ADDABBO: I SUPPORT AMENDING PUBLIC HEALTH LAW TO ESTABLISH MEDICAID IDENTIFICATION & ANTI-FRAUD BIOMETRIC TECHNOLOGY PROGRAM

 

Scanners to Be Used by Hospitals, Clinics, Pharmacies for Patient ID, Greatly Reducing Costs of Fraud


 


Queens, NY, May 3, 2011NYS Senator Joseph P. Addabbo, Jr. (D-Queens), a member of the Senate’s Committee on the Aging, supports a measure pending in the Legislature, A.6555/S.4384, which would amend the public health law to allow New York to rapidly roll out a fraud prevention technology program many legislators say is well overdue.


The proposal would implement a technology-based fraud prevention mechanism in hospitals, clinics and pharmacies all across New York by relying on biometric technology. Biometrics is the science and technology of measuring and analyzing biological data. In information technology, biometrics refers to technologies that measure and analyze human body characteristics, such as DNA, fingerprints, eye retina and irises, voice patterns, facial patterns and hand measurements, for authentication purposes.


The legislation will do away with the current and faulty practice of allowing each county to issue its own Medicaid card and strengthens weak identification requirements to access Medicaid services. The implementation of biometric technology in the Medicaid program will bring mass fraud to a halt due to the strong verification and authentication measures of the system. It will stop Medicaid payments for fraudulent services at the point of service rather than the “pay and chase” behavior New York has become too comfortable using.


The legislation would require the implementation of biometric palm readers and software in all hospitals, health clinics, and pharmacies. The technology would catch duplicate prescription requests and medical services.  In addition to security, the driving force behind biometric verification has been convenience. Biometric devices, such as finger scanners, consist of:  a reader or scanning device; software that converts the scanned information into digital form and compares matches; a smart card that stores the biometric data authentication, identification and payment authorization. The law would also require the NYS Department of Health to provide a report to the legislature on the cost and implementation of the Medicaid identification and anti-fraud biometric technology program within six months of enactment.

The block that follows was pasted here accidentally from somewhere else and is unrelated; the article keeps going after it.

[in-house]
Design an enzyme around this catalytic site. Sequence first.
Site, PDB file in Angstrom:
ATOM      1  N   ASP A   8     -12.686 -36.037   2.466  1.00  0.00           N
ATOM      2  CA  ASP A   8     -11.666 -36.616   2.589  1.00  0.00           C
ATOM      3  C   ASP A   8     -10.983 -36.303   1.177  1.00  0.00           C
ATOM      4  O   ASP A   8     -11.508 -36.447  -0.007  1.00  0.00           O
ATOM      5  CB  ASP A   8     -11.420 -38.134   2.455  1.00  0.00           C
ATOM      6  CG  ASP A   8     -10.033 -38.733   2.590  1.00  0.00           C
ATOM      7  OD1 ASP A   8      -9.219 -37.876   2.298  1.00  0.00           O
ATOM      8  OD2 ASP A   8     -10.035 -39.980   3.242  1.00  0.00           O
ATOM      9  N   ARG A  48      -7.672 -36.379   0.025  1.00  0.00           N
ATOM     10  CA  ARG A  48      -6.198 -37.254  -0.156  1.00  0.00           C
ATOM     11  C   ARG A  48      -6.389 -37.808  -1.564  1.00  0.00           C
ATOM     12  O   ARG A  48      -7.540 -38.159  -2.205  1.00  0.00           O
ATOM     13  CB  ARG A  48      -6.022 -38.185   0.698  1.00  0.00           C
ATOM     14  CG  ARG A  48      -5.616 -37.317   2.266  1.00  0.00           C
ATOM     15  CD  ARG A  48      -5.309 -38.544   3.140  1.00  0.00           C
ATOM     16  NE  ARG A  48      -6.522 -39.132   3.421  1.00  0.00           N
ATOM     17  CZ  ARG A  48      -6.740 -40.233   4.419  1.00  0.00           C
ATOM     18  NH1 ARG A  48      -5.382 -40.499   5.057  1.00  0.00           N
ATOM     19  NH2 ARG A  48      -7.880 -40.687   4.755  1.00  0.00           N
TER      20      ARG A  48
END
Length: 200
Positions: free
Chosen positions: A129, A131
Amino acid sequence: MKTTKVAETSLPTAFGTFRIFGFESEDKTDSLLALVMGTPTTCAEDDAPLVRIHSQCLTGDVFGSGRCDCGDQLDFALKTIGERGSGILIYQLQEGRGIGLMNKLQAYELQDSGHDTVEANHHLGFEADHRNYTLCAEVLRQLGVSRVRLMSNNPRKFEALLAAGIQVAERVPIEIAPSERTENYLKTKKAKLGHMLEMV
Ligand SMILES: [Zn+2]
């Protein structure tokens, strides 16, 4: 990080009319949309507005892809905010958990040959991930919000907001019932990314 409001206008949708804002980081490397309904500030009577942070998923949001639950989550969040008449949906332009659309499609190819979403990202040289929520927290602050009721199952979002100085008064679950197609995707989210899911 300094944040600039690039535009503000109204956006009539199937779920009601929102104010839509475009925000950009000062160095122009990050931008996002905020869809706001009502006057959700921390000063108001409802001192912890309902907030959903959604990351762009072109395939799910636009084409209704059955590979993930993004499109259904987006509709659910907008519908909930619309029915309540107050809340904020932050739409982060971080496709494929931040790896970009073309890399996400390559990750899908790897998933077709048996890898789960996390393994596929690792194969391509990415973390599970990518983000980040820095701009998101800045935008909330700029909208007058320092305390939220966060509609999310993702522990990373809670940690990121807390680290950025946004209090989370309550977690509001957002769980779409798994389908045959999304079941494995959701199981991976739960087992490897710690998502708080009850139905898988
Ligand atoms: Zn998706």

Explains Senator Addabbo, “Billions of dollars in Medicaid fraud are being wasted annually in New York State, and with anticipated further major cuts in Medicaid funding on the horizon, I am hopeful that this legislation could result in saving the state needed funds and protect health care for many individuals.” According to the Senator, the state will spend over $54 billion dollars this fiscal year (2011-2012) on Medicaid. Experts predict that 10%, or over $5 billion, comprises fraudulent charges to the state’s health insurance for the poor, disabled and elderly. It is Addabbo’s contention to cut out the fraud on such a tremendous scale first, before the state cuts billions of dollars in vital services for our children and the elderly infirm. “I believe that Medicaid’s skyrocketing expenditures are mostly caused by rampant fraud. It’s time our state legislature addresses this issue for our people and looks to prevent the annual theft of over $5 billion of taxpayer funds.  Fraud prevention technology is the only practical mechanism to stop Medicaid fraud, abuse and overuse of services,” Addabbo concluded.


The $20 million one-time investment in the technology needed for this anti-fraud measure can be raised by implementing a one-penny-per-prescription charge for a six-month period on each of the $4 billion Medicaid-paid prescriptions written each year (on average, each Medicaid recipient fills 100 prescriptions per year and there are over four million Medicaid recipients in New York).


The legislation is now being reviewed by the state Senate’s Committee on Health before passage and being sent to the governor for his signature. If passed, the law will take effect immediately.


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